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US residential property market sales slower than expected, latest data shows

The NAR Pending Home Sales Index, a forward looking indicator based on contract signings, dropped 11.6% to 81.9 in April from a downwardly revised 92.6 in March. The index is 26.5% below a cyclical peak of 111.5 in April 2010 when buyers were rushing to beat the contract deadline for the home buyer tax credit.

The data reflects contracts but not closings, which normally occur with a lag time of one or two months.
Lawrence Yun, NAR chief economist, said the dip in contracts may be due to temporary factors. ‘The pullback in contract signings is disappointing and implies a slower than expected market recovery in upcoming months. The economy hit a soft patch in April from sharply rising oil prices, widespread severe weather with the heaviest precipitation in 20 years, and a sudden rise in unemployment claims,’ he explained.

Yun noted that the growth in retail sales slowed measurably in April, while sales at furniture and home furnishing stores declined sharply. ‘Nonetheless, the magnitude of the fall in pending home sales is larger than can be implied by broad economic factors, so we need to see if it’s just a one month aberration,’ he added.

Yun said tight credit is the primary long term factor holding back the market. ‘No doubt the continuing excessively tight mortgage underwriting process is making the housing market recovery unnecessarily slow. Lenders and bank regulators need to be mindful of the historically low default rates among mortgage borrowers of the past two years. A robust economic and housing market recovery cannot occur as long as banks continue to hold onto huge cash reserves.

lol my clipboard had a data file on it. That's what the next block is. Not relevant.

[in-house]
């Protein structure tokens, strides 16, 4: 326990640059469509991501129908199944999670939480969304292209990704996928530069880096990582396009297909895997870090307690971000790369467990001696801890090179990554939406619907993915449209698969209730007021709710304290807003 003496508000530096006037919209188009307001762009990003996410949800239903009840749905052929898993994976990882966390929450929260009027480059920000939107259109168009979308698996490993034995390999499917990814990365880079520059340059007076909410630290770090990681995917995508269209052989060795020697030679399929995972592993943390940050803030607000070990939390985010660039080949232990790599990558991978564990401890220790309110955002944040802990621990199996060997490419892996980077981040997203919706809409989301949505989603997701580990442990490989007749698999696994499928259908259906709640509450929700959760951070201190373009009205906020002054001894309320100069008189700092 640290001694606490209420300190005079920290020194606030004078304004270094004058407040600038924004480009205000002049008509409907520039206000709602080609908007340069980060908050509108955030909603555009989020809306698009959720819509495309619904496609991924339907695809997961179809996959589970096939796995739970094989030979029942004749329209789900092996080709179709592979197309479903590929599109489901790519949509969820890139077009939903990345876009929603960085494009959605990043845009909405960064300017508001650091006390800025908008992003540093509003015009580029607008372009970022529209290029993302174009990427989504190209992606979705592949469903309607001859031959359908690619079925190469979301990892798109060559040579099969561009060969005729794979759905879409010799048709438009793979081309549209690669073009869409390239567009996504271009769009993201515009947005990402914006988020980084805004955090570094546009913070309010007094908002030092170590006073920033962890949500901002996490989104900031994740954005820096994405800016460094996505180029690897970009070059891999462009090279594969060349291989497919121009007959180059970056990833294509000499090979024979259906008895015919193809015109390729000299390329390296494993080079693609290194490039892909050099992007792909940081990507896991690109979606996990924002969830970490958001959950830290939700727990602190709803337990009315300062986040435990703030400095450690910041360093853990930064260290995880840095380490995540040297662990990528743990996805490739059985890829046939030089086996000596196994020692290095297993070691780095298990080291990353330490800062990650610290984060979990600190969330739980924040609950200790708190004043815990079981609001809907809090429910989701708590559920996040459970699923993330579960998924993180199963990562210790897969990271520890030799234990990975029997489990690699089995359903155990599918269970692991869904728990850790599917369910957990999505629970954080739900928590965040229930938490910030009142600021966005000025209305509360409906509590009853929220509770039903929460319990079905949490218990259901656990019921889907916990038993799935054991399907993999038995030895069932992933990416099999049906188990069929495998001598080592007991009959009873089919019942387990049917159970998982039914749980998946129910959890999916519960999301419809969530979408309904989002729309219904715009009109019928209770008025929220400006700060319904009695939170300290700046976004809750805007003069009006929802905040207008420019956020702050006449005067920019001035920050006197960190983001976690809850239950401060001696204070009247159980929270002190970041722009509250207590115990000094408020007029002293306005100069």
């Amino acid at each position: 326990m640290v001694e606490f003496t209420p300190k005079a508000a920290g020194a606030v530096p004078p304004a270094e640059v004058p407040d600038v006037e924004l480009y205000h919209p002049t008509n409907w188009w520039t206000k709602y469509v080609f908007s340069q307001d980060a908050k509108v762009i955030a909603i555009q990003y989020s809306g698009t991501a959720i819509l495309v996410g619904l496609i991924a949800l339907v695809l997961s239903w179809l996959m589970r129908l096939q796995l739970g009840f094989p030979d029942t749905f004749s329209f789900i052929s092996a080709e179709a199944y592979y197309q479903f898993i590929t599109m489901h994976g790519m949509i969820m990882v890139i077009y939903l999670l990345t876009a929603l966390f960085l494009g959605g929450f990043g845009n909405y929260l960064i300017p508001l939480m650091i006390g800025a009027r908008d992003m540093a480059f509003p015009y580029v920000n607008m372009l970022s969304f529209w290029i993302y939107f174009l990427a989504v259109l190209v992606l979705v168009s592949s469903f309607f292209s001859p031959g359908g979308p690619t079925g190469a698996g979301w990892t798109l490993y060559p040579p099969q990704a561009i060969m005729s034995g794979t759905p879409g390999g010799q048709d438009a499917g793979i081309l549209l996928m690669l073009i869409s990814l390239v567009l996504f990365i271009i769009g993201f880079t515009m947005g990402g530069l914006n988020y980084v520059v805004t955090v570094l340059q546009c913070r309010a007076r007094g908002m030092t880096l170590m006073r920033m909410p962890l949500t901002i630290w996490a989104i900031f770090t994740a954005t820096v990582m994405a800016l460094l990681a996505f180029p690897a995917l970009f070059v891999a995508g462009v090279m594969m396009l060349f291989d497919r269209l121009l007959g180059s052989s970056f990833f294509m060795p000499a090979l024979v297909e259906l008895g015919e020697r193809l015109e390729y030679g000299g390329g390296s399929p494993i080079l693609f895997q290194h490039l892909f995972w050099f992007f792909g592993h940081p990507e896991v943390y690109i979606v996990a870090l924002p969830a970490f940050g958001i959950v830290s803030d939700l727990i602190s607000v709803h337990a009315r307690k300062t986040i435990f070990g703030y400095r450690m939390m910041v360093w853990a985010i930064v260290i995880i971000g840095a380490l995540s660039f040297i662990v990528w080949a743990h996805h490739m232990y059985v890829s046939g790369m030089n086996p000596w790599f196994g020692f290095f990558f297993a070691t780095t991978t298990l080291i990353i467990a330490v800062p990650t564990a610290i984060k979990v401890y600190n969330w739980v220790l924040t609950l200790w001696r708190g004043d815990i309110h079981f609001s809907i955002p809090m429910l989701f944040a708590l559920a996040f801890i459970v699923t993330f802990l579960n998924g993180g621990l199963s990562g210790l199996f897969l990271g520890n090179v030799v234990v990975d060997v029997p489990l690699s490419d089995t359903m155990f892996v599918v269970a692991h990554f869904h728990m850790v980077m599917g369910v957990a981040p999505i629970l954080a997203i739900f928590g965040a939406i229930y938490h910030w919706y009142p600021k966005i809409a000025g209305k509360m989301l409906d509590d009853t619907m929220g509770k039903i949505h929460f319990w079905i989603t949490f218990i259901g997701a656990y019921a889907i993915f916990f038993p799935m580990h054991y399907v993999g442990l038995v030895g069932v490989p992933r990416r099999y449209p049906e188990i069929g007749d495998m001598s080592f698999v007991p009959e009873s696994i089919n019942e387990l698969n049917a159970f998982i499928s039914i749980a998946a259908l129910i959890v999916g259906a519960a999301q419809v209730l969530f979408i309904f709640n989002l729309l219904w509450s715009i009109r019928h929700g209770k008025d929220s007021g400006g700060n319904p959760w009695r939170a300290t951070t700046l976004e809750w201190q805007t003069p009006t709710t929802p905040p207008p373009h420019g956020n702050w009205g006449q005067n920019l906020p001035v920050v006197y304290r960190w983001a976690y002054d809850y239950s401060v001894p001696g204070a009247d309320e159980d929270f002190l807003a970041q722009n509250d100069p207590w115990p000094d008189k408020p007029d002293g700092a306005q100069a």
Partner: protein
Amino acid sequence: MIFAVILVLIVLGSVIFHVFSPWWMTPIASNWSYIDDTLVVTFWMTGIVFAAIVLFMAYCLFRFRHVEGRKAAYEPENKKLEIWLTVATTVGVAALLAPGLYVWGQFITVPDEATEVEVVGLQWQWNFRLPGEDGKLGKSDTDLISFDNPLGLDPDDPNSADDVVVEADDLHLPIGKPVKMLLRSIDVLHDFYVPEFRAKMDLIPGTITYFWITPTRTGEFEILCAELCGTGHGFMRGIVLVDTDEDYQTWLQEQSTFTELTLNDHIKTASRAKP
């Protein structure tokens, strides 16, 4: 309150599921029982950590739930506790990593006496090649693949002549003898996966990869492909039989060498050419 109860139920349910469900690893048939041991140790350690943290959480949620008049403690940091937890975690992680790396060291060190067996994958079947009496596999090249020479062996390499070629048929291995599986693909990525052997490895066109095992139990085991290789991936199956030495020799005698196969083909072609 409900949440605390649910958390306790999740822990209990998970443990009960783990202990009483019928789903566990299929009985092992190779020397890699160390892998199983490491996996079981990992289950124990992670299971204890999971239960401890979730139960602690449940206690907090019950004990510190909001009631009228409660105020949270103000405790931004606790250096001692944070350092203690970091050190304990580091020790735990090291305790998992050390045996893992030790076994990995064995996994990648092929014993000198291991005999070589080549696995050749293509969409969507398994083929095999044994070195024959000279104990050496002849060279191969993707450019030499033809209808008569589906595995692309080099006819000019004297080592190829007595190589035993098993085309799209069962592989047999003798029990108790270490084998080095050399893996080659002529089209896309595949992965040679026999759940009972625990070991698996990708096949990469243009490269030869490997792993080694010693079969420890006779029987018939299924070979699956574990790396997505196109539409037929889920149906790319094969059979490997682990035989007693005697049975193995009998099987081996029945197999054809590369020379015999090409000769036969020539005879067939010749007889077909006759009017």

‘We simply have to get back to sound, common sense lending standards to provide mortgages to creditworthy borrowers who are buying homes well within their means. Bank balance sheets show rising cash reserves and declining loan balances. It’s time to loosen the purse strings,’ Yun added.

The PHSI in the Northeast rose 1.7% to 64.5 in April but is 33.4% below a year ago. In the Midwest the index fell 10.4% to 74.1 and is 30.2% below April 2010. Pending home sales in the South dropped 17.2% to an index of 91.3 in April and are 27% below a year ago. In the West the index declined 8.9% to 89.1 and is 16.9% below April 2010.

‘Even with very favourable affordability conditions, job growth and a pent-up demand from abnormally low household formation during the past three years, the recovery will continue to be uneven and sluggish given the ongoing credit constraints,’ Yun said.